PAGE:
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Code review thoughts: module reviewers

 

 

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bvibber at wikimedia

Dec 20, 2011, 3:01 PM

Post #1 of 8 (411 views)
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Code review thoughts: module reviewers

We've sorta informally done things were revisions have gotten tagged for
some particular person's review as an area of specialty, but we've never
really had formal division of labor among separate parts -- nothing for
instance that can be used to automatically queue things up for particular
peoples' inboxes for timely review.

Often, little things are suitable for many people to look at, but major
subsystem refactorings -- like the landing of Aaron's file backend changes
-- really are specialized and need to be looked over by somebody who's a
specialist, rather than just whoever gets around to looking it over.

I'd like us to seriously consider having primary reviewers for various code
modules, so things like this get handled asap and don't end up falling
through the cracks -- big changes, and small confusing changes ;) -- should
get pretty consistently treated.


Projects like Firefox or the Linux kernel tend to have responsible parties
for various modules, who either manage ingestion of patches through the
source control or issue tracker and do testing, review, feedback, and
eventual merging. I think we would do well to emulate this a little more
explicitly than we do today, especially if we're trying to keep from having
an ever-growing review backlog.

Thoughts? Volunteers?

-- brion
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Platonides at gmail

Dec 20, 2011, 4:25 PM

Post #2 of 8 (405 views)
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Re: Code review thoughts: module reviewers [In reply to]

Other than the temptation of assigning everything to you? ;)

Yes, I like the proposal. Although I would make a more complex setup,
separating it on:

* Knowledge areas a revision may be touching (identified by a regex)
* People with a level on each area
* Revision scoring (so instead of passing without reviewing, you can tag
it with the expertise level you guess is suitable for that revision)
* Notifications for users/area/level (opting-in for revisions of level >
0 to an area, mean being notificated of every change)
* Special page listing pending changes by area, sorted by complexity.



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robla at wikimedia

Dec 20, 2011, 10:46 PM

Post #3 of 8 (398 views)
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Re: Code review thoughts: module reviewers [In reply to]

On Tue, Dec 20, 2011 at 3:01 PM, Brion Vibber <bvibber [at] wikimedia> wrote:
> I'd like us to seriously consider having primary reviewers for various code
> modules, so things like this get handled asap and don't end up falling
> through the cracks -- big changes, and small confusing changes ;) -- should
> get pretty consistently treated.

I think this is a grand idea. A few code areas:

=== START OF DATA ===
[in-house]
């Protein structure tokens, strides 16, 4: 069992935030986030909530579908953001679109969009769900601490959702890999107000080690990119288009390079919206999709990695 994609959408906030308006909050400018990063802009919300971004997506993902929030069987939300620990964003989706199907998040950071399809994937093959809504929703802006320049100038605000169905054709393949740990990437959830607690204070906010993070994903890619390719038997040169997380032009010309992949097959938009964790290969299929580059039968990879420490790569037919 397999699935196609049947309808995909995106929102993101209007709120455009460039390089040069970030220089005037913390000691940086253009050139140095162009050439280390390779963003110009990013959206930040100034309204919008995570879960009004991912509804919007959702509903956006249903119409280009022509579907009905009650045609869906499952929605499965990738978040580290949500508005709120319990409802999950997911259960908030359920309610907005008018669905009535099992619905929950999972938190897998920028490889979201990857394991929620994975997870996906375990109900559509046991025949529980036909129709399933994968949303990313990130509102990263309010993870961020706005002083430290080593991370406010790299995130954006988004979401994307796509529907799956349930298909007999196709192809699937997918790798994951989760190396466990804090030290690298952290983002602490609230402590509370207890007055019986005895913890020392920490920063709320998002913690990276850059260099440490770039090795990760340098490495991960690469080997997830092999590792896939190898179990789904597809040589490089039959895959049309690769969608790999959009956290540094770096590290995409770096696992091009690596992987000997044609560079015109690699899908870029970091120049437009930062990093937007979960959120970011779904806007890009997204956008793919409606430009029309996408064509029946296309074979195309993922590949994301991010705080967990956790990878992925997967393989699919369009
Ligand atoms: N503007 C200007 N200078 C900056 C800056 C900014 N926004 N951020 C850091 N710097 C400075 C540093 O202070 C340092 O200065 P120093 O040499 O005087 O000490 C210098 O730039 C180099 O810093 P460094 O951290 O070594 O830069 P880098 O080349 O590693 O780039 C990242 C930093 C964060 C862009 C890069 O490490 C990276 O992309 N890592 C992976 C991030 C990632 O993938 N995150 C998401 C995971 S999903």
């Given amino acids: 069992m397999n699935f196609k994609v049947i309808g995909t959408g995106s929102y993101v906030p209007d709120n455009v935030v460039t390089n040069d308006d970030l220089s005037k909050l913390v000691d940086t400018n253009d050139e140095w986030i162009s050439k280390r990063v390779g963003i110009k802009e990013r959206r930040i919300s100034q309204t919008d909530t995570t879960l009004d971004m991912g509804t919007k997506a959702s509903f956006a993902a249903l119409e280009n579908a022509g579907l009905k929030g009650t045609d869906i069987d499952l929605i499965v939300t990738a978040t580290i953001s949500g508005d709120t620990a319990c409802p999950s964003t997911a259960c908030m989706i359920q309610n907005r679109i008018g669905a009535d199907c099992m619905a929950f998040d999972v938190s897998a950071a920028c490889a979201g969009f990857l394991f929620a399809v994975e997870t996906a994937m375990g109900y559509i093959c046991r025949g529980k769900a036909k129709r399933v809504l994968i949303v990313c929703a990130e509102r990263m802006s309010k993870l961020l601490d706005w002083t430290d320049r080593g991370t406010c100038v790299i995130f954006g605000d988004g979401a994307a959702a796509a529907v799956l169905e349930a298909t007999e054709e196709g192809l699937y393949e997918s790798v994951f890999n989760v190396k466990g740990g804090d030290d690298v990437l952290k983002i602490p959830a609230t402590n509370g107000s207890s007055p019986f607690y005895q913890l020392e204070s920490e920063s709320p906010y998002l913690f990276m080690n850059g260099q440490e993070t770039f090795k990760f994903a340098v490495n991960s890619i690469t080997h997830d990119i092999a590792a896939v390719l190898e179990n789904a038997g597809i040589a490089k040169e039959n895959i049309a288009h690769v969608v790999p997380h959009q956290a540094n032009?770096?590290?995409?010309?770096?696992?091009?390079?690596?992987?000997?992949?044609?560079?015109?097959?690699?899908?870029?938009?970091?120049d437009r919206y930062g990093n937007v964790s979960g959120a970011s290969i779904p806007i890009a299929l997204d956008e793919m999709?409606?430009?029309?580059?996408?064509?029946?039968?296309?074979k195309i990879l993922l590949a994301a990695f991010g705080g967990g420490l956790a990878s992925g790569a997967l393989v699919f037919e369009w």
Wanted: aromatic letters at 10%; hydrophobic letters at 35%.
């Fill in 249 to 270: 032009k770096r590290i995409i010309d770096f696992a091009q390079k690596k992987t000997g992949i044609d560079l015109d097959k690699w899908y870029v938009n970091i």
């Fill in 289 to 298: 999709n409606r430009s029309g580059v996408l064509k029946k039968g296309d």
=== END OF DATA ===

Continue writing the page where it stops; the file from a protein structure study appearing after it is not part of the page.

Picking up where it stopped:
Parser (3 revs)
https://www.mediawiki.org/w/index.php?path=%2Ftrunk%2Fphase3%2Fincludes%2Fparser&title=Special%3ACode%2FMediaWiki%2Fstatus%2Fnew

FIlerepo (12 revs)
https://www.mediawiki.org/w/index.php?path=%2Ftrunk%2Fphase3%2Fincludes%2Ffilerepo&title=Special%3ACode%2FMediaWiki%2Fstatus%2Fnew

API (4 revs)
https://www.mediawiki.org/w/index.php?path=%2Ftrunk%2Fphase3%2Fincludes%2Fapi&title=Special%3ACode%2FMediaWiki%2Fstatus%2Fnew

Resource Loader (4 revs):
https://www.mediawiki.org/w/index.php?path=%2Ftrunk%2Fphase3%2Fincludes%2Fresourceloader&title=Special%3ACode%2FMediaWiki%2Fstatus%2Fnew

Someone will need to do some more looking at different ways of slicing
things up. So far, I'm not coming up with many easy ways of dividing
core with this style of query. Extensions should be a lot easier to
divvy up. Anyone got good ideas for how to make this work?

Rob

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roan.kattouw at gmail

Dec 21, 2011, 12:44 AM

Post #4 of 8 (398 views)
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Re: Code review thoughts: module reviewers [In reply to]

On Wed, Dec 21, 2011 at 12:01 AM, Brion Vibber <bvibber [at] wikimedia> wrote:
> Often, little things are suitable for many people to look at, but major
> subsystem refactorings -- like the landing of Aaron's file backend changes
> -- really are specialized and need to be looked over by somebody who's a
> specialist, rather than just whoever gets around to looking it over.
>
> I'd like us to seriously consider having primary reviewers for various code
> modules, so things like this get handled asap and don't end up falling
> through the cracks -- big changes, and small confusing changes ;) -- should
> get pretty consistently treated.
>
YES. I think I've proposed something like this before (a year ago?),
but the people I talked to thought it would be unnecessary bureaucracy
IIRC. I guess the CR situation has gotten sufficiently worse that
we're finally considering this.

How about we set up a wiki page where we list who's an expert in what
area (documenting this would be useful in its own right BTW), so we
can figure out who'll be the primary reviewer for what, and put that
on the wiki page too?

Roan

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jpostlethwaite at wikimedia

Dec 21, 2011, 10:25 AM

Post #5 of 8 (397 views)
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Re: Code review thoughts: module reviewers [In reply to]

It might be helpful to list a primary and a few secondaries on some areas.

On Wed, Dec 21, 2011 at 12:44 AM, Roan Kattouw <roan.kattouw [at] gmail>wrote: